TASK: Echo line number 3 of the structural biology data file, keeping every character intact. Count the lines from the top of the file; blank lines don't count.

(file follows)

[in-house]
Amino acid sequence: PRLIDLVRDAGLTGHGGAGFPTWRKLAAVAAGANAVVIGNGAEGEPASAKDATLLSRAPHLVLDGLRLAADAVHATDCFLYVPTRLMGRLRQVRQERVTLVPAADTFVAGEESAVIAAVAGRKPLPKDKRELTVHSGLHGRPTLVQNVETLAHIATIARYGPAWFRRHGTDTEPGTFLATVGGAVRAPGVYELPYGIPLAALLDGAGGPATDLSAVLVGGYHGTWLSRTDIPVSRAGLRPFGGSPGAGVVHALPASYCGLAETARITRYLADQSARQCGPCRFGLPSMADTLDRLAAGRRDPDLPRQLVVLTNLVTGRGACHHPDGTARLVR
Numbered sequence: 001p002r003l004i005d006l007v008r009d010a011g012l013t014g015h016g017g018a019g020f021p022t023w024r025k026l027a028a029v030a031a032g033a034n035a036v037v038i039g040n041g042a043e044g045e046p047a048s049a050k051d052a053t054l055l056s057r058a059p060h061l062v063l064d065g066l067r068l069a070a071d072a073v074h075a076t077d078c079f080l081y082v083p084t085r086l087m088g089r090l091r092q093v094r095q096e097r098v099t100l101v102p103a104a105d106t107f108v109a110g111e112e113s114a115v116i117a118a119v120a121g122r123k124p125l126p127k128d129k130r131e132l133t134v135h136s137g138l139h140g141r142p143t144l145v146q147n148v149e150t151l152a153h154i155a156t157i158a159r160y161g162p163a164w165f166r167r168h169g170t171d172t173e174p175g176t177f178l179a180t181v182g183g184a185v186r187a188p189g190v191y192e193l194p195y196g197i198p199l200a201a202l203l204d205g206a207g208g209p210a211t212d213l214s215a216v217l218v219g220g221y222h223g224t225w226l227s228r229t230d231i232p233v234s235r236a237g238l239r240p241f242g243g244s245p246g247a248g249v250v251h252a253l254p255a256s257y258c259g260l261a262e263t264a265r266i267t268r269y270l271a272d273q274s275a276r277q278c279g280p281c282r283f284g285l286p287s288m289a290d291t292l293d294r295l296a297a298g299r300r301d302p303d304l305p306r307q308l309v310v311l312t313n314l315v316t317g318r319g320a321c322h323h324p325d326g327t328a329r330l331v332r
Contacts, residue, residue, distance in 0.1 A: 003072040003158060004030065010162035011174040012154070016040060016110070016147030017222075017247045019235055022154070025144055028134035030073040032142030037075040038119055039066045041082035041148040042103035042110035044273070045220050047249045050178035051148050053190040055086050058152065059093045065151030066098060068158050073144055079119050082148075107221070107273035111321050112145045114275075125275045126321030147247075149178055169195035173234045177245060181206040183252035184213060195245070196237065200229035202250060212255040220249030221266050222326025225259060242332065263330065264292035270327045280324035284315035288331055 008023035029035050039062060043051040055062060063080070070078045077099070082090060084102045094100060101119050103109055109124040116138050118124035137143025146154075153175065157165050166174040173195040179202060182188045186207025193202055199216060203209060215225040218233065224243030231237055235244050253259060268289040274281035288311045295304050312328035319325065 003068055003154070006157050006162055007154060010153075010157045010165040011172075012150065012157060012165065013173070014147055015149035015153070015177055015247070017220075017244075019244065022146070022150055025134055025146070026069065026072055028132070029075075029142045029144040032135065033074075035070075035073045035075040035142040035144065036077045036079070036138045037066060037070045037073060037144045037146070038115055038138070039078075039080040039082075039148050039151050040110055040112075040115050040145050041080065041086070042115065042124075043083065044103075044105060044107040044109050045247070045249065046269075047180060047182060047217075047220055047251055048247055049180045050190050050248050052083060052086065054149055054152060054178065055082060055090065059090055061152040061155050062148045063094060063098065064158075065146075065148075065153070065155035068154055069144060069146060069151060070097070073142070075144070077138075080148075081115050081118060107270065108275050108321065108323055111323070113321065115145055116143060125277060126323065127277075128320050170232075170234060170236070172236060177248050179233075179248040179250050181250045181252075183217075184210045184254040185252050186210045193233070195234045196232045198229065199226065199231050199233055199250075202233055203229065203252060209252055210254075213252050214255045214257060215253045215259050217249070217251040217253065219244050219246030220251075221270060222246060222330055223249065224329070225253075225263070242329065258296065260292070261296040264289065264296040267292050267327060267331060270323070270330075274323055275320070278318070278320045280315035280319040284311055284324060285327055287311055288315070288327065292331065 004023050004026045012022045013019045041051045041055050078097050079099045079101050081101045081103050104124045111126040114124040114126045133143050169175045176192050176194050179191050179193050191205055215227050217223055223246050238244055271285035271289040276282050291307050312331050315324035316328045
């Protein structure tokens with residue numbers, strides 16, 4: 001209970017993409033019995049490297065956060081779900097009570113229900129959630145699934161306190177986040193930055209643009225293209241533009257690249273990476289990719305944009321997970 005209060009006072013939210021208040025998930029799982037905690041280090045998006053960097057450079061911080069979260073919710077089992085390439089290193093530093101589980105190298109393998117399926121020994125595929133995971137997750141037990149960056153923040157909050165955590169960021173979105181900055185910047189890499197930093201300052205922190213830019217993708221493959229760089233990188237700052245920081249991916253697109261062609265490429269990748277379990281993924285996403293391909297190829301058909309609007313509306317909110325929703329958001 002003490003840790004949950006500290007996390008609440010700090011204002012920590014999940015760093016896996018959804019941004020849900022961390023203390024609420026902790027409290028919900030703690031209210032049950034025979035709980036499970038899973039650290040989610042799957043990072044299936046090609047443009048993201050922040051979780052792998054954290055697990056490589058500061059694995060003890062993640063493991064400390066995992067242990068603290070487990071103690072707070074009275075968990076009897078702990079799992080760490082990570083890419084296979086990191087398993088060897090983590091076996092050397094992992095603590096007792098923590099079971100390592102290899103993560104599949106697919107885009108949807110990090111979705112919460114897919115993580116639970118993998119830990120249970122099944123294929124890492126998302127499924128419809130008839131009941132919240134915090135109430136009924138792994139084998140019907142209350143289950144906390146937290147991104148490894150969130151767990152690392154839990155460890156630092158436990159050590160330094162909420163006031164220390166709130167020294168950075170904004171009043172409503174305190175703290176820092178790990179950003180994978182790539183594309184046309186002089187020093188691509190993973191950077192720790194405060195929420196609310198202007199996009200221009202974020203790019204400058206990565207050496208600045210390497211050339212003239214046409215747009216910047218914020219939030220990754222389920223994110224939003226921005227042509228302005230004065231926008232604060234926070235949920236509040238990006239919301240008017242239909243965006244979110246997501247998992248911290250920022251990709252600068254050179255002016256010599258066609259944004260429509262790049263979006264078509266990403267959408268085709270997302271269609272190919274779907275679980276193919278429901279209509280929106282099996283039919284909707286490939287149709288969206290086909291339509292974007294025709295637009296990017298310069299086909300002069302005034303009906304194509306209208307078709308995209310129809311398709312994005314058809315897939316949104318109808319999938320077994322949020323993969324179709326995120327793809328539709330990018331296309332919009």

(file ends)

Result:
Numbered sequence: 001p002r003l004i005d006l007v008r009d010a011g012l013t014g015h016g017g018a019g020f021p022t023w024r025k026l027a028a029v030a031a032g033a034n035a036v037v038i039g040n041g042a043e044g045e046p047a048s049a050k051d052a053t054l055l056s057r058a059p060h061l062v063l064d065g066l067r068l069a070a071d072a073v074h075a076t077d078c079f080l081y082v083p084t085r086l087m088g089r090l091r092q093v094r095q096e097r098v099t100l101v102p103a104a105d106t107f108v109a110g111e112e113s114a115v116i117a118a119v120a121g122r123k124p125l126p127k128d129k130r131e132l133t134v135h136s137g138l139h140g141r142p143t144l145v146q147n148v149e150t151l152a153h154i155a156t157i158a159r160y161g162p163a164w165f166r167r168h169g170t171d172t173e174p175g176t177f178l179a180t181v182g183g184a185v186r187a188p189g190v191y192e193l194p195y196g197i198p199l200a201a202l203l204d205g206a207g208g209p210a211t212d213l214s215a216v217l218v219g220g221y222h223g224t225w226l227s228r229t230d231i232p233v234s235r236a237g238l239r240p241f242g243g244s245p246g247a248g249v250v251h252a253l254p255a256s257y258c259g260l261a262e263t264a265r266i267t268r269y270l271a272d273q274s275a276r277q278c279g280p281c282r283f284g285l286p287s288m289a290d291t292l293d294r295l296a297a298g299r300r301d302p303d304l305p306r307q308l309v310v311l312t313n314l315v316t317g318r319g320a321c322h323h324p325d326g327t328a329r330l331v332r